Music and dementia: individual differences in response to personalized playlists

Abstract courtesy of Neuromusic News, Fondazione Mariani

Music and dementia: individual differences in response to personalized playlists
Journal of Alzheimers Disease 2018 Jun 23

Garrido S, Stevens CJ, Chang E, Dunne L, Perz J
MARCS Institute for Brain, Behaviour & Development, Western Sydney University, Sydney, Australia

Personalized music playlists are increasingly being used in health-care contexts to address the psychological and behavioral symptoms in people with dementia. However, there is little understanding of how people with different mental health histories and symptoms respond differently to music. A factorial experiment was conducted to investigate the influence of depression, anxiety, apathy, and cognitive decline on affective response to music. Ninety-nine people with dementia listened to three music playlists based on personal preferences. Activation of facial action units and behavioral observation were measured continuously. Results demonstrated that people with high levels of depression and with symptoms of Alzheimer’s type dementia demonstrated increased levels of sadness when listening to music. People with low depression but high levels of apathy demonstrated the highest behavioral evidence of pleasure during music listening, although behavioral evidence declined with severity of cognitive decline. It is concluded that as well as accounting for personal preferences, music interventions for people with dementia need to take mental health history and symptoms into account.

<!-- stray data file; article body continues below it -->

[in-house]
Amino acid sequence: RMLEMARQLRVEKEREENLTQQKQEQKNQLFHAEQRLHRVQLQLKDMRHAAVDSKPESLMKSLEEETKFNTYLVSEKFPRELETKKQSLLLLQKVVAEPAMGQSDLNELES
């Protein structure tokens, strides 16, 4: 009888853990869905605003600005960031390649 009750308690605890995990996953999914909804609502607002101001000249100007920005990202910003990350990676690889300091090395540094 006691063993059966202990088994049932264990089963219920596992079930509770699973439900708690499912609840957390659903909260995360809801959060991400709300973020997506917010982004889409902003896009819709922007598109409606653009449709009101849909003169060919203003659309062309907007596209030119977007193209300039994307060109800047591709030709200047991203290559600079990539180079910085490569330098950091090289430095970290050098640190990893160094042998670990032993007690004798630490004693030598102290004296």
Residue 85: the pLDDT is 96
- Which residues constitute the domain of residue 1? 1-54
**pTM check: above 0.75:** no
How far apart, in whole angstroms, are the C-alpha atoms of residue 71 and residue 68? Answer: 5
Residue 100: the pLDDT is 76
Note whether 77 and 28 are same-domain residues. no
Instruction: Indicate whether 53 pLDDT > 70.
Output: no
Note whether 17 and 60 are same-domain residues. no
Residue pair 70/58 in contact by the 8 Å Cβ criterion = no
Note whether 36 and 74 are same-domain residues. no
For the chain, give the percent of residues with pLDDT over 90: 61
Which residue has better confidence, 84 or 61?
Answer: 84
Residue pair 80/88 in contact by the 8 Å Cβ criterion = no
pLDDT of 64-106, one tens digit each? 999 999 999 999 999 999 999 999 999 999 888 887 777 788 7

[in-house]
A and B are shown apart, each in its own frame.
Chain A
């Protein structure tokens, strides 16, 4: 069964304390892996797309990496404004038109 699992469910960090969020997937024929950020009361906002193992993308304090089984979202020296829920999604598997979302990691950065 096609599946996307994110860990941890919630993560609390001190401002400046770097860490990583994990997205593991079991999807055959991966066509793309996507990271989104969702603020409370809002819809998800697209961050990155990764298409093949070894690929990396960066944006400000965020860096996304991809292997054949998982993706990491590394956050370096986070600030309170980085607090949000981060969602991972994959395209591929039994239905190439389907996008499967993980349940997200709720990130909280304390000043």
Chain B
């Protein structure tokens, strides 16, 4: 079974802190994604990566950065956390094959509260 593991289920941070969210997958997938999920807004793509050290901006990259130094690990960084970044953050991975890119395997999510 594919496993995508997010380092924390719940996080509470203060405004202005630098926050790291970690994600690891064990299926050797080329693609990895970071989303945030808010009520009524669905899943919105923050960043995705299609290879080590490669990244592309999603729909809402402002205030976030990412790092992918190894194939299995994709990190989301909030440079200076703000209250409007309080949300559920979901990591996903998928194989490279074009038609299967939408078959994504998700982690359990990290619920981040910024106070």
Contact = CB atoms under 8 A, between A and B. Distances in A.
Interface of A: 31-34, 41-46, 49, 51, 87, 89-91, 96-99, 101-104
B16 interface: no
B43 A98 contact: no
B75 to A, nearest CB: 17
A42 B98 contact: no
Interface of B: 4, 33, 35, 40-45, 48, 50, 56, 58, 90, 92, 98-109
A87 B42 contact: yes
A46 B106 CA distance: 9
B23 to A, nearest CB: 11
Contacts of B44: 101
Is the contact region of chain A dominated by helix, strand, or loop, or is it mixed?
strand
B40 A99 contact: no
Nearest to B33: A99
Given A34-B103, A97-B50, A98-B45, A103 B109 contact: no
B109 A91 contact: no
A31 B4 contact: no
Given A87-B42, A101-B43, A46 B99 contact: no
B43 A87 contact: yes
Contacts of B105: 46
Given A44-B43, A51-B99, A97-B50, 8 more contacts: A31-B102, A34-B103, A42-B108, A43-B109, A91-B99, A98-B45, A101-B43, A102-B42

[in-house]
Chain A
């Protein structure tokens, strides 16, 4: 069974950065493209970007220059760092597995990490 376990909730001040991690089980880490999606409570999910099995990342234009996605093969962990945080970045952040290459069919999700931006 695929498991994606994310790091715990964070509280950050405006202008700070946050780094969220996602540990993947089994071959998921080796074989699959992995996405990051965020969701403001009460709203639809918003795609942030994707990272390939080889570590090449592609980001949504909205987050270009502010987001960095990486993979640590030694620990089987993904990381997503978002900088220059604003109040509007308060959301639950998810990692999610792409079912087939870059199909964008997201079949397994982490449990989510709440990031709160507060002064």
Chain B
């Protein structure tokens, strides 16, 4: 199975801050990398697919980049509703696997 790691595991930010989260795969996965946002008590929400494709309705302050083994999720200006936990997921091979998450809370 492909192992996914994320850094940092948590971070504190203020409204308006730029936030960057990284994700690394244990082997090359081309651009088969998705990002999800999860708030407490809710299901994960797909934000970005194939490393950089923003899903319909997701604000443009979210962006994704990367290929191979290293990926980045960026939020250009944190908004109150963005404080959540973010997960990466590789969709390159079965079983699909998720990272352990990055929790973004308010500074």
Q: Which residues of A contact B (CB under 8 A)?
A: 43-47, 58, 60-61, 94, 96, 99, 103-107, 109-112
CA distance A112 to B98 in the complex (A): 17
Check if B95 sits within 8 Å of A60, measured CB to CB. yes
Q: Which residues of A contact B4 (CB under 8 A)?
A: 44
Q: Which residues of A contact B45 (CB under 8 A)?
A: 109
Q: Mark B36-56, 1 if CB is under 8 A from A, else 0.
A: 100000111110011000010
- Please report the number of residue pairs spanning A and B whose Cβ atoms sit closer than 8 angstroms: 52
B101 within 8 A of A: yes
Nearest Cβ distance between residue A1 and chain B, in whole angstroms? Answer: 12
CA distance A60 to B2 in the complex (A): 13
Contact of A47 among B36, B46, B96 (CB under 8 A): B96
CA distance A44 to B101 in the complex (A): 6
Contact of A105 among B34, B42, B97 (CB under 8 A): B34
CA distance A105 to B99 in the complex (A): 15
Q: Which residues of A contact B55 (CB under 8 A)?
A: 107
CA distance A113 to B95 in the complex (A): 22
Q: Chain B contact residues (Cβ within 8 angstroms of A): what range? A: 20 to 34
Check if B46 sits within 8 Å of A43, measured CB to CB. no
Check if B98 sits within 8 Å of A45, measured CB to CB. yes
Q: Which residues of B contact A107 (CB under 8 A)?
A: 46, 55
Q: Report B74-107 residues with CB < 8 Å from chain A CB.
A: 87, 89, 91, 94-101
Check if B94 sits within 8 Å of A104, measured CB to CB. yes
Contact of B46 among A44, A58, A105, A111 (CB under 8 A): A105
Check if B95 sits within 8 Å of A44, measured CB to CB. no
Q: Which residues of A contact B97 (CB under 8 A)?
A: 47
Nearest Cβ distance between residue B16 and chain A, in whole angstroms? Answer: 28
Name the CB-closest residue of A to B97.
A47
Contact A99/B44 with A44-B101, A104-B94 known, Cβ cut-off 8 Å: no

And for our Italian friends:

Una playlist di musica personalizzata è un metodo sempre più utilizzato nei contesti di cura per risolvere problemi di natura psicologica o comportamentale in persone con demenza. Tuttavia, non è chiaro come persone con differenti storie di malattia mentale rispondano in modo diverso alla musica. È stato condotto un esperimento fattoriale per investigare il ruolo della depressione, dell’ansia, dell’apatia e del declino cognitivo nella risposta emotiva alla musica. 99 soggetti affetti da demenza sono stati esposti all’ascolto di tre diverse playlist musicali basate sulle preferenze personali. L’attivazione di unità di azione facciale e l’osservazione comportamentale sono state misurate di continuo. I risultati evidenziano che le persone con alti livelli di depressione e con segni tipici della demenza di Alzheimer mostravano un incremento dei segni di tristezza quando ascoltavano la musica. Le persone con basso punteggio di depressione, ma con alto livello di apatia mostravano la più significativa evidenza di piacere durante l’ascolto della musica, sebbene gli indici comportamentali declinassero con l’aumento del declino cognitivo. Gli Autori concludono che, oltre a considerare le preferenze personali, gli interventi musicali per i pazienti affetti da Alzheimer debbano tenere in considerazione anche la loro storia clinica e i sintomi.